Yes having a degree does not teach you how to address the Crown Prince of Saudi Arabia, when he is standing next to say--the Dowager Queen Beatrix of the Netherlands, now referred to I think as Princess Beatrix. Also if King Willem Alexander were standing there as well. Lets say at Royal Ascot or a more formal gala event. So how is Duchess Kate going to correctly greet this group in a proper way. This is the sort of guidance one needs so as not to cause insult.

Honeybees 09-19-2015 06:36 PM

There is no Duchess Kate. There is The Duchess of Cambridge, Mrs. Cambridge, Catherine Duchess of Cambridge as The Court made clear prior to the royal wedding. There is also Princess William of Wales. The same way Prince Harry recently signed a Remberance card Henry, as it is his given name, there is no Duchess Kate.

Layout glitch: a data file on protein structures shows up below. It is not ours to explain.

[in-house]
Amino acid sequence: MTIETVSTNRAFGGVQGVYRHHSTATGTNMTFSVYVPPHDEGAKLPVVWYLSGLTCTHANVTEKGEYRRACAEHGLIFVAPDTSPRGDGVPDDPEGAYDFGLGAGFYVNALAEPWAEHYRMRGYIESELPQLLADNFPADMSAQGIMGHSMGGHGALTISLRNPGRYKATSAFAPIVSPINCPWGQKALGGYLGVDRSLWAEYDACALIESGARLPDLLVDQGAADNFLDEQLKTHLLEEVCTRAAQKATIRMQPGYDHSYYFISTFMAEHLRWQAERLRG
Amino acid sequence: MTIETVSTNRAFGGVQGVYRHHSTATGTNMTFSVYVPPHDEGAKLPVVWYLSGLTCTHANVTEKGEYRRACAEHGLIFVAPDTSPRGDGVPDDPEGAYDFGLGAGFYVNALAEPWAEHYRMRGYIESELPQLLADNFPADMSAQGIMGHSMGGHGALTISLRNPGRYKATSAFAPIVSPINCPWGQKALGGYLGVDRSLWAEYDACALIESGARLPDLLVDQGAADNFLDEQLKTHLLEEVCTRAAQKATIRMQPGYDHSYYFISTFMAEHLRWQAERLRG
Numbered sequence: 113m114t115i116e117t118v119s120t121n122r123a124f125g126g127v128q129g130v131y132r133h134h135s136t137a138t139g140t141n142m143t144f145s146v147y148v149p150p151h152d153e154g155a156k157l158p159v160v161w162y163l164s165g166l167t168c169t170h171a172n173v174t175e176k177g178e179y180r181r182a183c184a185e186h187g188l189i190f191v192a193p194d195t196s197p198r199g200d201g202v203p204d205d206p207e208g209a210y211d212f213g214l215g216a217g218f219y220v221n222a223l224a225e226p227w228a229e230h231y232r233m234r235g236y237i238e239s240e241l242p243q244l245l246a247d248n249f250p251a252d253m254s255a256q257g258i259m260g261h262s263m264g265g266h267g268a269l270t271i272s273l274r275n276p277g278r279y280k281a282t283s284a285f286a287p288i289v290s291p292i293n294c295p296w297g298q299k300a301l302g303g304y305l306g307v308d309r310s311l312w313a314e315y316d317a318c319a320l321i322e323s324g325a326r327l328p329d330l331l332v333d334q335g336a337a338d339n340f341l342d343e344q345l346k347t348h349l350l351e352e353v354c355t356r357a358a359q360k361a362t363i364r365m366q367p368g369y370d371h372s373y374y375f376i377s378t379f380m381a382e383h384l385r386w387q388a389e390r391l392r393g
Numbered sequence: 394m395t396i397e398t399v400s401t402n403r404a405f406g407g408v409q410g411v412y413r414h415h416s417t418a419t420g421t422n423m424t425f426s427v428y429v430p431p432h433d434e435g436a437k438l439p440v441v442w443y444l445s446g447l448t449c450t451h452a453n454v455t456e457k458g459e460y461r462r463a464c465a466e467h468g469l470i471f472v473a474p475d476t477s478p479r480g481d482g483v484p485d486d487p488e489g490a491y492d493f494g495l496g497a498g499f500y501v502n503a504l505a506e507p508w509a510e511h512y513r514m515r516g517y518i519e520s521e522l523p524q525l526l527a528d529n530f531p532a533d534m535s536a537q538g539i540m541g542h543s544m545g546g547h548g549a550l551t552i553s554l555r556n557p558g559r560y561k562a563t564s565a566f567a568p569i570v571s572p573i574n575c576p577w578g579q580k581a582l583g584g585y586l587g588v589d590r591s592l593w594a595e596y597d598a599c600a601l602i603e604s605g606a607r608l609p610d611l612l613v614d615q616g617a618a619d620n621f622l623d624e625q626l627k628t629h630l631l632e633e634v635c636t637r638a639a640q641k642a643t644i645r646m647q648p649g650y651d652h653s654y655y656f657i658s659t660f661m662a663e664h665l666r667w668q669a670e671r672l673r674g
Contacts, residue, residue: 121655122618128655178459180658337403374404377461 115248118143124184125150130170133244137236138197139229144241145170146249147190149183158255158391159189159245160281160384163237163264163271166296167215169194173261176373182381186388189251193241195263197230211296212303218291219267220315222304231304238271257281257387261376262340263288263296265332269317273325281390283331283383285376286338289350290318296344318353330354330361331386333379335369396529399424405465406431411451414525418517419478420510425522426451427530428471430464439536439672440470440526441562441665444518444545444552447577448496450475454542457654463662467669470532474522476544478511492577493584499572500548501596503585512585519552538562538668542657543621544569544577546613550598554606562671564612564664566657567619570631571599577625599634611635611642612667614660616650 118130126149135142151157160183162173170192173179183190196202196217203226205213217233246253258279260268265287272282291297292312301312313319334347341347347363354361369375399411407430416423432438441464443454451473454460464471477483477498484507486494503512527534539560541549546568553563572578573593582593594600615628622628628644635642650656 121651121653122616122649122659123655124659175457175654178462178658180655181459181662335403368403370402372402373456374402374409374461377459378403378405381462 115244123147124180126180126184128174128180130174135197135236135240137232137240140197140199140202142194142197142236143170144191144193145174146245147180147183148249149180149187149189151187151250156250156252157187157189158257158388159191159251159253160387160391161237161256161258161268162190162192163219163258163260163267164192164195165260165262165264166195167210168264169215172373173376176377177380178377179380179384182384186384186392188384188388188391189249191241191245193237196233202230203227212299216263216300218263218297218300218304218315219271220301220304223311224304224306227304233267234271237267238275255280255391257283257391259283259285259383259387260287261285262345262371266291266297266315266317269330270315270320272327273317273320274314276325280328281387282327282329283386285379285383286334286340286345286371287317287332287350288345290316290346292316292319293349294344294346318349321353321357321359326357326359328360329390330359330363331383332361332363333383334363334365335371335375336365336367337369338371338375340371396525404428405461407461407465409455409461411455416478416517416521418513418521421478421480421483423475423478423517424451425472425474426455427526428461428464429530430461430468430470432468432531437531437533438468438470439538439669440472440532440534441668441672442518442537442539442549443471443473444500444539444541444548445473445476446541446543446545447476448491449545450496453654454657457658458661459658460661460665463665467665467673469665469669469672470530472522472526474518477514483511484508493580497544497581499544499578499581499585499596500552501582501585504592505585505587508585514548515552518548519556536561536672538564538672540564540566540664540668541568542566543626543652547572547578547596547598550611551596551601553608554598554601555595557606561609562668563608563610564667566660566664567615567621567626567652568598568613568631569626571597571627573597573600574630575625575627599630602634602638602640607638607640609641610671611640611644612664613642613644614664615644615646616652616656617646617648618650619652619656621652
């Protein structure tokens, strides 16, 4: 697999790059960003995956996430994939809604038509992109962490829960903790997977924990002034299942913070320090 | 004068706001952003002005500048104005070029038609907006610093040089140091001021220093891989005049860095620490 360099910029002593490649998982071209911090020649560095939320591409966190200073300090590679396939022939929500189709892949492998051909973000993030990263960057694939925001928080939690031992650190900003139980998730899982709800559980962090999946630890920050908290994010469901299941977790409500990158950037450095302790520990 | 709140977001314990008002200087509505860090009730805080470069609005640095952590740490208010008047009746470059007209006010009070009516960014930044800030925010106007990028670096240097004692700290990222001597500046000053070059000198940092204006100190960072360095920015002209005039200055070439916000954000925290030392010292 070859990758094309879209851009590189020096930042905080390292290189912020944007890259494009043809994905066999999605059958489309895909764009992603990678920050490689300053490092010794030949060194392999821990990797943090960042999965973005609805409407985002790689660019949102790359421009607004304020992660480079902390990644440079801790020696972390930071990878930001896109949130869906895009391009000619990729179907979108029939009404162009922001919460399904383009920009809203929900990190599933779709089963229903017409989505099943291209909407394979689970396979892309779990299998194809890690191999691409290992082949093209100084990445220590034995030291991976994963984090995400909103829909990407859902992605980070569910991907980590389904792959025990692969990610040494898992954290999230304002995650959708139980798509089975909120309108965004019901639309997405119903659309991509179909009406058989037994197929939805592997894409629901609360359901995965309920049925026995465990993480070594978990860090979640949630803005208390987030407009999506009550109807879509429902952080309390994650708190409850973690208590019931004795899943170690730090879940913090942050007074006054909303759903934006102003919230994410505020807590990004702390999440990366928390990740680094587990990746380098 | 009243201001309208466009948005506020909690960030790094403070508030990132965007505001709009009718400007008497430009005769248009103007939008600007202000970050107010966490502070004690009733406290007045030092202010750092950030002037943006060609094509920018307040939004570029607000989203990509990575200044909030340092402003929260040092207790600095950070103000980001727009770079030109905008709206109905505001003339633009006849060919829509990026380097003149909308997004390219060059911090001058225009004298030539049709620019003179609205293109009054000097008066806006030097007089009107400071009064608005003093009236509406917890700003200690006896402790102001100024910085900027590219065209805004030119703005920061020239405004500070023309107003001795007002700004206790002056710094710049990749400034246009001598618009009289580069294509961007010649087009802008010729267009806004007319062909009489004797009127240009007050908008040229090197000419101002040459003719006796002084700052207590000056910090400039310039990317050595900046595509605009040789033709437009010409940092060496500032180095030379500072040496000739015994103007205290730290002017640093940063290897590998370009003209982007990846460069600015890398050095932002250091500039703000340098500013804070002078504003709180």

Skippyboo 09-19-2015 06:53 PM

Lessons In Royalty
 
Catherine, Duchess of Cambridge would indicate she is divorced from William. Also William lost the of Wales when he got his own peerage so no of Wales for them until William becomes Prince of Wales.


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Honeybees 09-19-2015 06:58 PM

My understanding is that the reason she was put in as ' Princess of the United Kingdom ' on their childrens birthday certificates was due to her being Princess William of Wales in the same way Their is a Princess Edward and the Duchess of Cambridge is referred to as Camilla, Duchess of Cambridge.

Skippyboo 09-19-2015 07:13 PM

Just Princess William because William is just Prince William. No of Wales anymore. He has his own peerage. Harry loses his of Wales when Charles becomes King.

Name, Title is divorced or widowed

Take Fergie: She was HRH The Duchess of York when married to Andrew. After divorced- Sarah, Duchess of York.